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The head of Emirates Airline has warned Boeing was in the “last chance saloon” as he prepared to send his own engineers to oversee the plane maker’s production lines after witnessing a long decline in its manufacturing performance.
Sir Tim Clark told the Financial Times he had seen a “progressive decline” in Boeing’s standards, which he put down to long-running management and governance mis-steps, including prioritising financial performance over engineering excellence.
Clark, who has held senior roles at Emirates since the 1980s and has been president since 2003, is one of the most high-profile figures in aviation. His comments add to the mounting problems for the US plane maker following the mid-flight blowout of a section of the fuselage on a Boeing 737 Max 9 aircraft last month.
Emirates is one of Boeing’s biggest customers, and in November placed an order for 95 wide-body Boeing 777 and 787 jets, used for long-haul flights, valued at $52bn at list prices.
“They have got to instil this safety culture which is second to none. They’ve got to get their manufacturing processes under review so there are no corners cut etc. I’m sure [chief executive] Dave Calhoun and [commercial head] Stan Deal are on that . . . this is the last chance saloon,” he said.
Clark said that the airline would for the first time send its own engineers to observe the production process of the 777 at Boeing and its supplier Spirit AeroSystems.
“The fact that we’re having to do that is testament to what has happened. This would not have been sanctioned in the old days. You know, we trusted these people implicitly to get it done,” he said.
Clark has regularly criticised manufacturers for delays in deliveries or poor reliability, but his comments represent his most pointed criticism yet of Boeing.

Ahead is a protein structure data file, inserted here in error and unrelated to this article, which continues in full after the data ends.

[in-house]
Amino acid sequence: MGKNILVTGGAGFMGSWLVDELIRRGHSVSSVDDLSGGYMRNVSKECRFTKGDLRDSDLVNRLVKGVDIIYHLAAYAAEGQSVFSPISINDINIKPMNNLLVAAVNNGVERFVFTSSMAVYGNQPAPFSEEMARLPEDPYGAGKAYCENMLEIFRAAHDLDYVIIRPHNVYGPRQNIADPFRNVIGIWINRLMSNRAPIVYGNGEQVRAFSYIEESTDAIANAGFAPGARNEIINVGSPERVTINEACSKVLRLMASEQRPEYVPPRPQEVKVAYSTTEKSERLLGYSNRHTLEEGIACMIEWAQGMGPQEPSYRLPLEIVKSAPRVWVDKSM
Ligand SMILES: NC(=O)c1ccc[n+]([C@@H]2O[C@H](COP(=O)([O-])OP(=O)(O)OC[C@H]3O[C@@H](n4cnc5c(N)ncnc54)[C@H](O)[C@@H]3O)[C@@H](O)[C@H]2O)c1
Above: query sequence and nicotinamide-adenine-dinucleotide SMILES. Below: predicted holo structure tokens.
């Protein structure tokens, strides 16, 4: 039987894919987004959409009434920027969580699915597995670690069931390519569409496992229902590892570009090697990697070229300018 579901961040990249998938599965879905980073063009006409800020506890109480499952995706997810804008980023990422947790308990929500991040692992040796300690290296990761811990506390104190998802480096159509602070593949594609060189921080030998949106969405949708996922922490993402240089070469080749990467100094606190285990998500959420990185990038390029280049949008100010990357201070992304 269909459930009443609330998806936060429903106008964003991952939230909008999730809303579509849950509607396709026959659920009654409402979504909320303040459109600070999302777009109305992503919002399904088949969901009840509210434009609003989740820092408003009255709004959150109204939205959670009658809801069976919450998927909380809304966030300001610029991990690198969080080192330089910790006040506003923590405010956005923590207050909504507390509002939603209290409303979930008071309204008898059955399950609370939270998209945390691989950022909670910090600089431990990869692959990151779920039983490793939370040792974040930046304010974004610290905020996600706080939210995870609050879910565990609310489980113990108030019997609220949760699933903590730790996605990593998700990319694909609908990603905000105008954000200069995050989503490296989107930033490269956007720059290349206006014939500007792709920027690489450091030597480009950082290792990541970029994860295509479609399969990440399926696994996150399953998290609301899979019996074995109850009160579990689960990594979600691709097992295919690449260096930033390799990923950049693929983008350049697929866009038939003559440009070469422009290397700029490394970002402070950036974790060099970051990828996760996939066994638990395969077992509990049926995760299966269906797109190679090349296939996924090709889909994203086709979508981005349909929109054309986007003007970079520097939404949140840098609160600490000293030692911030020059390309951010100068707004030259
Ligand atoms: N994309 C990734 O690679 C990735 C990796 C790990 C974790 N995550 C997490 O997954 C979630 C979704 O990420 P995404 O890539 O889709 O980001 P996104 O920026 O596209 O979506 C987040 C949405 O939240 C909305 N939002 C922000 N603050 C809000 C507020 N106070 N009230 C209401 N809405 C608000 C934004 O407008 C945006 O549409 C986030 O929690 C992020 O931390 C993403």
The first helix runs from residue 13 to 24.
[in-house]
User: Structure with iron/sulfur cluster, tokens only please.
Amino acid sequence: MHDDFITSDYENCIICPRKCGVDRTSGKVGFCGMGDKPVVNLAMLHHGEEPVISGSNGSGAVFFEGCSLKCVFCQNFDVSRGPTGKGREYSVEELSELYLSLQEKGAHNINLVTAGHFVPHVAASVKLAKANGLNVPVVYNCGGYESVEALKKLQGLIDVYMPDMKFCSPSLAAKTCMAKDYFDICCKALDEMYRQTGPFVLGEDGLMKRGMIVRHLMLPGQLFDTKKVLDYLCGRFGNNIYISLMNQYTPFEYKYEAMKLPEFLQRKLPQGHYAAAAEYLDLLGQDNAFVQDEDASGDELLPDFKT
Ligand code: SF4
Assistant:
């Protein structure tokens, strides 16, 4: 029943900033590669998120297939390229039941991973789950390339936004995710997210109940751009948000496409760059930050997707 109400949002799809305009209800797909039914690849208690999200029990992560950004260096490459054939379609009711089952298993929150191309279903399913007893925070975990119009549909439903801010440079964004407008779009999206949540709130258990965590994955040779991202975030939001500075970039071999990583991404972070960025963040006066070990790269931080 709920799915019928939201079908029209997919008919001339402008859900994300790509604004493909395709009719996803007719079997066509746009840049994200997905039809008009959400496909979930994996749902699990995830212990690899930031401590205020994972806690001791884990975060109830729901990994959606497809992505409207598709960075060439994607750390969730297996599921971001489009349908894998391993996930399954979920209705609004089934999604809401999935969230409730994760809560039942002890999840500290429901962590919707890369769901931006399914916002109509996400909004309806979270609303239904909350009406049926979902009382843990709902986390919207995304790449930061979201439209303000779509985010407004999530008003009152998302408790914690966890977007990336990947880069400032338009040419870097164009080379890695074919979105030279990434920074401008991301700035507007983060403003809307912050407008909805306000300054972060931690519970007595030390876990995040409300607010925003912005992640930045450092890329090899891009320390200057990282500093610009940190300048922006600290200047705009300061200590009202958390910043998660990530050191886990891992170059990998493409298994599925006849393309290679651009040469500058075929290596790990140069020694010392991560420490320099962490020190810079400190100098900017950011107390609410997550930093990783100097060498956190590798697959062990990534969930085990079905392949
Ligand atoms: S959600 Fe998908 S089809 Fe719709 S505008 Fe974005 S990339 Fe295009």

The 737 Max 9 incident, which is being probed by federal regulators, has dealt a heavy blow to Boeing’s reputation and sharpened scrutiny of its manufacturing and quality assurance processes.
Boeing declined to comment on Clark’s remarks but pointed to Calhoun’s message to employees earlier in the week in which he said “now is not the time” to share financial or operational objectives. The company, which reported results for the fourth quarter on Wednesday, withheld its usual financial guidance for the year. It has vowed to earn back the trust of stakeholders.
Clark said Boeing’s previous management had made repeated mis-steps, including outsourcing parts of its manufacturing and moving parts of its 787 production to South Carolina to cut costs following battles with unions at its primary base north of Seattle, Washington.
Boeing eventually moved all of its 787 production to South Carolina in 2021 but the site has struggled with manufacturing challenges. Clark said Boeing had lost “skills and competencies” through the move.
The company’s manufacturing processes needed a thorough review, said Clark, adding that its management should put aside concerns about financial performance.
“It needs a root and branch look at how it goes about producing aeroplanes and where it produces aeroplanes . . . that’s just good management, good governance and it should be the priority of everybody on the board.
“Not: ‘what is the return on investment? What is the bottom line? What is the free cash flow? What is the shareholder value? What is the share value? What is my bonus?’ No, that will come if you do it right in the first place.”
Clark said Calhoun and Deal had the opportunity to put Boeing’s “house in order”, but added “only time will tell” if they are the right people for the job.
“Will Boeing restore itself to its former glory? Of course it will. Will Boeing continue to produce and design great aeroplanes well put together reliable for the customer base? I’m sure they will. But they’ve got to put the house in order at the moment. And this is a major shift in the priorities,” he said.
Clark’s comments echoed those of other airline customers in recent weeks. Aengus Kelly, chief executive of AerCap, the world’s biggest aircraft lessor, told the Financial Times last month that Boeing needed to put aside financial targets and focus solely on the safety and quality of its aeroplanes.